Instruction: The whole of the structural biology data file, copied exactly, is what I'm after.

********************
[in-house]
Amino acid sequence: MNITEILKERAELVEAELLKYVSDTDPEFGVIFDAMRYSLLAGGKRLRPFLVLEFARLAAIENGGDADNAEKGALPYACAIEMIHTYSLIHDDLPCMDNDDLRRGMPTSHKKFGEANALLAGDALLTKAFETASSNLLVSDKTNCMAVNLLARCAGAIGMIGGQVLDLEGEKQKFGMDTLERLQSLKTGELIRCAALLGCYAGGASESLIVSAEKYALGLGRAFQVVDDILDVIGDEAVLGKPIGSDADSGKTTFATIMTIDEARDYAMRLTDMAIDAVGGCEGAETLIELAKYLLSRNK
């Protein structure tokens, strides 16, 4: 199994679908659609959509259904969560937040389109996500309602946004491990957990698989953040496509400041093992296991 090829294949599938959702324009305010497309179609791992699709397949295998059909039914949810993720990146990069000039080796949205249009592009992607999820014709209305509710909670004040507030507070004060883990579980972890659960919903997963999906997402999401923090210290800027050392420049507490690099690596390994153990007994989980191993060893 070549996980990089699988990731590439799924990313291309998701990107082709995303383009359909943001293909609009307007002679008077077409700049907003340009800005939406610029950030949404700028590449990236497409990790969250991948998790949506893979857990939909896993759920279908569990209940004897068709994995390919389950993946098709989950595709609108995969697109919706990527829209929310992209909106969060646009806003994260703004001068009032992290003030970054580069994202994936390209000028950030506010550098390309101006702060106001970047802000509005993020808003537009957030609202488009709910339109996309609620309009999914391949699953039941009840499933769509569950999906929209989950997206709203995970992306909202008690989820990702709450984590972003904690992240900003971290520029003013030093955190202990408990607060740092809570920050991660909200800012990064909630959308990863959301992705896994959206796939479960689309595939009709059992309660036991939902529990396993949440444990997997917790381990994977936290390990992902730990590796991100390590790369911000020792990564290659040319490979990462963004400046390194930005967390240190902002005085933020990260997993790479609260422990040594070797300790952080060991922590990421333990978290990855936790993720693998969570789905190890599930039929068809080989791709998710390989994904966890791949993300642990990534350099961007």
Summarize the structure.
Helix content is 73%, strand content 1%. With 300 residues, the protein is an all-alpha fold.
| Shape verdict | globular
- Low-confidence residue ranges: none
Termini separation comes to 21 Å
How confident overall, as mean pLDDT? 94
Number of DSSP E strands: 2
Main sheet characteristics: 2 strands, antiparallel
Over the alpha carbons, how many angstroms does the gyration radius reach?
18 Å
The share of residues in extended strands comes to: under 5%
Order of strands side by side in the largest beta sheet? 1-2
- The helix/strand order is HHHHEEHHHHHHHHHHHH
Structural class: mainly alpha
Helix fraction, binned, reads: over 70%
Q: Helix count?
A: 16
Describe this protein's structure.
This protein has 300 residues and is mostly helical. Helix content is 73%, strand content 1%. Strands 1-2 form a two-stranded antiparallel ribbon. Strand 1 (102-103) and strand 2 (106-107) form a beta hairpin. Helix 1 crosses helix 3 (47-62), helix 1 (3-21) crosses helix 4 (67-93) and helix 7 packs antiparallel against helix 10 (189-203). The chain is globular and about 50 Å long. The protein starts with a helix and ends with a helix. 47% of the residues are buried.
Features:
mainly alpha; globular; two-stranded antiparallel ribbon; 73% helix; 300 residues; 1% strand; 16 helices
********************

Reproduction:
[in-house]
Amino acid sequence: MNITEILKERAELVEAELLKYVSDTDPEFGVIFDAMRYSLLAGGKRLRPFLVLEFARLAAIENGGDADNAEKGALPYACAIEMIHTYSLIHDDLPCMDNDDLRRGMPTSHKKFGEANALLAGDALLTKAFETASSNLLVSDKTNCMAVNLLARCAGAIGMIGGQVLDLEGEKQKFGMDTLERLQSLKTGELIRCAALLGCYAGGASESLIVSAEKYALGLGRAFQVVDDILDVIGDEAVLGKPIGSDADSGKTTFATIMTIDEARDYAMRLTDMAIDAVGGCEGAETLIELAKYLLSRNK
């Protein structure tokens, strides 16, 4: 199994679908659609959509259904969560937040389109996500309602946004491990957990698989953040496509400041093992296991 090829294949599938959702324009305010497309179609791992699709397949295998059909039914949810993720990146990069000039080796949205249009592009992607999820014709209305509710909670004040507030507070004060883990579980972890659960919903997963999906997402999401923090210290800027050392420049507490690099690596390994153990007994989980191993060893 070549996980990089699988990731590439799924990313291309998701990107082709995303383009359909943001293909609009307007002679008077077409700049907003340009800005939406610029950030949404700028590449990236497409990790969250991948998790949506893979857990939909896993759920279908569990209940004897068709994995390919389950993946098709989950595709609108995969697109919706990527829209929310992209909106969060646009806003994260703004001068009032992290003030970054580069994202994936390209000028950030506010550098390309101006702060106001970047802000509005993020808003537009957030609202488009709910339109996309609620309009999914391949699953039941009840499933769509569950999906929209989950997206709203995970992306909202008690989820990702709450984590972003904690992240900003971290520029003013030093955190202990408990607060740092809570920050991660909200800012990064909630959308990863959301992705896994959206796939479960689309595939009709059992309660036991939902529990396993949440444990997997917790381990994977936290390990992902730990590796991100390590790369911000020792990564290659040319490979990462963004400046390194930005967390240190902002005085933020990260997993790479609260422990040594070797300790952080060991922590990421333990978290990855936790993720693998969570789905190890599930039929068809080989791709998710390989994904966890791949993300642990990534350099961007």
Summarize the structure.
Helix content is 73%, strand content 1%. With 300 residues, the protein is an all-alpha fold.
| Shape verdict | globular
- Low-confidence residue ranges: none
Termini separation comes to 21 Å
How confident overall, as mean pLDDT? 94
Number of DSSP E strands: 2
Main sheet characteristics: 2 strands, antiparallel
Over the alpha carbons, how many angstroms does the gyration radius reach?
18 Å
The share of residues in extended strands comes to: under 5%
Order of strands side by side in the largest beta sheet? 1-2
- The helix/strand order is HHHHEEHHHHHHHHHHHH
Structural class: mainly alpha
Helix fraction, binned, reads: over 70%
Q: Helix count?
A: 16
Describe this protein's structure.
This protein has 300 residues and is mostly helical. Helix content is 73%, strand content 1%. Strands 1-2 form a two-stranded antiparallel ribbon. Strand 1 (102-103) and strand 2 (106-107) form a beta hairpin. Helix 1 crosses helix 3 (47-62), helix 1 (3-21) crosses helix 4 (67-93) and helix 7 packs antiparallel against helix 10 (189-203). The chain is globular and about 50 Å long. The protein starts with a helix and ends with a helix. 47% of the residues are buried.
Features:
mainly alpha; globular; two-stranded antiparallel ribbon; 73% helix; 300 residues; 1% strand; 16 helices